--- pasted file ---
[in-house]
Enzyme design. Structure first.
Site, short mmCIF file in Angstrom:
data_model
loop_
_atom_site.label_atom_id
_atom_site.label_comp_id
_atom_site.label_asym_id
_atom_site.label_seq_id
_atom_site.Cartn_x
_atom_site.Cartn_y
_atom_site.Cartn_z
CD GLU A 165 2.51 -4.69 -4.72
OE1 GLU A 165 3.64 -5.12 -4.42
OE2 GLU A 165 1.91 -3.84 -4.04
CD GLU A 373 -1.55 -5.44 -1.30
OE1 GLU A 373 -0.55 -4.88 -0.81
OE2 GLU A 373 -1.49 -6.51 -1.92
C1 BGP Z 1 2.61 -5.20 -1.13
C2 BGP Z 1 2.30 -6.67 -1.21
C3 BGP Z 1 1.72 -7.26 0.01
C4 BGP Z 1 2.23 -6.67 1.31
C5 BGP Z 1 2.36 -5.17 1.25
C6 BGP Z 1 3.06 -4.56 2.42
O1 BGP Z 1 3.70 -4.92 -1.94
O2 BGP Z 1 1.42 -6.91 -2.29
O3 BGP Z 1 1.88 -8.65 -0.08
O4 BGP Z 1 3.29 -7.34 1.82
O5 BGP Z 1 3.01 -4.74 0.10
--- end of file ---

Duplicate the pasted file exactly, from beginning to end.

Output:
[in-house]
Enzyme design. Structure first.
Site, short mmCIF file in Angstrom:
data_model
loop_
_atom_site.label_atom_id
_atom_site.label_comp_id
_atom_site.label_asym_id
_atom_site.label_seq_id
_atom_site.Cartn_x
_atom_site.Cartn_y
_atom_site.Cartn_z
CD GLU A 165 2.51 -4.69 -4.72
OE1 GLU A 165 3.64 -5.12 -4.42
OE2 GLU A 165 1.91 -3.84 -4.04
CD GLU A 373 -1.55 -5.44 -1.30
OE1 GLU A 373 -0.55 -4.88 -0.81
OE2 GLU A 373 -1.49 -6.51 -1.92
C1 BGP Z 1 2.61 -5.20 -1.13
C2 BGP Z 1 2.30 -6.67 -1.21
C3 BGP Z 1 1.72 -7.26 0.01
C4 BGP Z 1 2.23 -6.67 1.31
C5 BGP Z 1 2.36 -5.17 1.25
C6 BGP Z 1 3.06 -4.56 2.42
O1 BGP Z 1 3.70 -4.92 -1.94
O2 BGP Z 1 1.42 -6.91 -2.29
O3 BGP Z 1 1.88 -8.65 -0.08
O4 BGP Z 1 3.29 -7.34 1.82
O5 BGP Z 1 3.01 -4.74 0.10